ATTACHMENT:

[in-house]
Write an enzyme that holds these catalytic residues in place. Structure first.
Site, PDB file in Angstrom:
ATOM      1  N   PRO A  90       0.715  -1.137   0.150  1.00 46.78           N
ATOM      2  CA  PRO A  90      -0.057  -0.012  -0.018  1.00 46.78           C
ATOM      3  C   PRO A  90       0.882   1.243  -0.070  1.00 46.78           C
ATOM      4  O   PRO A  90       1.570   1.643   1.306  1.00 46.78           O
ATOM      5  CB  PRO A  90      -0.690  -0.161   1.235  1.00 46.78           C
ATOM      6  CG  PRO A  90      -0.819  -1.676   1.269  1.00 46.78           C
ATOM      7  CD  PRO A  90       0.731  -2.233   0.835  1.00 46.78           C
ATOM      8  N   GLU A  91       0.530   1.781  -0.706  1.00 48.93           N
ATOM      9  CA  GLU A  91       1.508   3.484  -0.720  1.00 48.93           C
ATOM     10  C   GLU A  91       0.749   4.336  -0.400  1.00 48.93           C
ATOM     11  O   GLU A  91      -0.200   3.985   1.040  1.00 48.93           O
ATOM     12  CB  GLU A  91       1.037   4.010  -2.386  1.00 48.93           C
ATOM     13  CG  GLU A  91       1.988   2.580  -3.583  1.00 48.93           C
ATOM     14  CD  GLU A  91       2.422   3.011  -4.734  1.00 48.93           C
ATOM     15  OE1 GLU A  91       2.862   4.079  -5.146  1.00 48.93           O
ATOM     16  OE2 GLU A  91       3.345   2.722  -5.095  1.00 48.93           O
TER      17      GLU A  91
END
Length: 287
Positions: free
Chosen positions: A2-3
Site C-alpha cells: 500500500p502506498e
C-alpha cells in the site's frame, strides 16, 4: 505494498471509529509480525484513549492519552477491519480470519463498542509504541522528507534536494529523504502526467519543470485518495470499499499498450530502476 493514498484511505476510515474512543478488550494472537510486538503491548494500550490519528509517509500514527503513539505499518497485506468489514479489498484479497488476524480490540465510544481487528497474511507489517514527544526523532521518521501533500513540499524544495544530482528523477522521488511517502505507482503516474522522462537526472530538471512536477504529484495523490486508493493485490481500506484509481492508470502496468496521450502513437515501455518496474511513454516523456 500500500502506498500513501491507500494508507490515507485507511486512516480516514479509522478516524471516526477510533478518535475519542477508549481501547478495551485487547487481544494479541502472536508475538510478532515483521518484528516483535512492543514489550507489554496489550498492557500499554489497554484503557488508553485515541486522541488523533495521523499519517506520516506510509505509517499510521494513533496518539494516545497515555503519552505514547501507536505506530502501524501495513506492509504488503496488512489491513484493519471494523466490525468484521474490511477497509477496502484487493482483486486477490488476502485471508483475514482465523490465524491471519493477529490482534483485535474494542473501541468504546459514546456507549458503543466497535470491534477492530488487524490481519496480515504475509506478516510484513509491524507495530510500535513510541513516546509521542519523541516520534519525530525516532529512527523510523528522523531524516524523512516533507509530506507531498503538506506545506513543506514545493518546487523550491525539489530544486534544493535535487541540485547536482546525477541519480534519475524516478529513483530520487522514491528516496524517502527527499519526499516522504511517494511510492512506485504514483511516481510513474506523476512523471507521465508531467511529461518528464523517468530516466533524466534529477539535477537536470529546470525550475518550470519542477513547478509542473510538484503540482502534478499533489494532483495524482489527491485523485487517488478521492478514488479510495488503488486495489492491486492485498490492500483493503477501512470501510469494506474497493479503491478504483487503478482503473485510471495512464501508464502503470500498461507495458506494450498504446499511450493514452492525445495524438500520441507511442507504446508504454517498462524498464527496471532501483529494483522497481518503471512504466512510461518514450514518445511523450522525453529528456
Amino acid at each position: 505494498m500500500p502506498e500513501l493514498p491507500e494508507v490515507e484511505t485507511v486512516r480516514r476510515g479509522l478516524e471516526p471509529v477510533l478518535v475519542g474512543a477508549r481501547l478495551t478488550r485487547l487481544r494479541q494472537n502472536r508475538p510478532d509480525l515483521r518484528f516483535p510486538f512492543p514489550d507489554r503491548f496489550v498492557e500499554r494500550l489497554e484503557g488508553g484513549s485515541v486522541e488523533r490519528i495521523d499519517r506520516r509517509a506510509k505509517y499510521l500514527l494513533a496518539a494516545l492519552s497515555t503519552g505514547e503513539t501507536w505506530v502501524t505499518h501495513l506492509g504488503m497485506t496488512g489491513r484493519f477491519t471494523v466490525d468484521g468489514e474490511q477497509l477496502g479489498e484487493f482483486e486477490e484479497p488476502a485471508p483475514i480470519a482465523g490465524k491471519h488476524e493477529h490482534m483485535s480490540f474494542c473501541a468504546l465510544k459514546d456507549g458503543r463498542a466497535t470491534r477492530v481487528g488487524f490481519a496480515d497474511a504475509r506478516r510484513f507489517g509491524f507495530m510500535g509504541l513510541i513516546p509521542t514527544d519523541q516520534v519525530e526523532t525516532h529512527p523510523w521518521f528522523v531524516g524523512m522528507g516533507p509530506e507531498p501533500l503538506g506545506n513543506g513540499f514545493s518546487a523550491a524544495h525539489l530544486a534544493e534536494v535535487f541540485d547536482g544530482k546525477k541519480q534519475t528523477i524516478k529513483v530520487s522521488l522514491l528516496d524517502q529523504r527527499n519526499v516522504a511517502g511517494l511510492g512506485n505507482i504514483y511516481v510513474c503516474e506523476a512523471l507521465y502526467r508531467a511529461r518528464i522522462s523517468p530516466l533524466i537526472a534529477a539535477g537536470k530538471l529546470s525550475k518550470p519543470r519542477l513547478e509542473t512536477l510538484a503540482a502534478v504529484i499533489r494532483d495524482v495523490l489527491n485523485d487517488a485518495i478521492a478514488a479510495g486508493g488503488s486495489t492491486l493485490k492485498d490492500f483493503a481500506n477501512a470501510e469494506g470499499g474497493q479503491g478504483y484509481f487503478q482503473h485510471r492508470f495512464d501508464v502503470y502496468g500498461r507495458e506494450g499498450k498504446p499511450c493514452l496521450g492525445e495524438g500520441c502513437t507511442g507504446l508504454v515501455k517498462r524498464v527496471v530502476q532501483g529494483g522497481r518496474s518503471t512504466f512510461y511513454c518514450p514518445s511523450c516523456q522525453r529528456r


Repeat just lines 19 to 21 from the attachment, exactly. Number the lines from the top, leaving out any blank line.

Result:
ATOM     16  OE2 GLU A  91       3.345   2.722  -5.095  1.00 48.93           O
TER      17      GLU A  91
END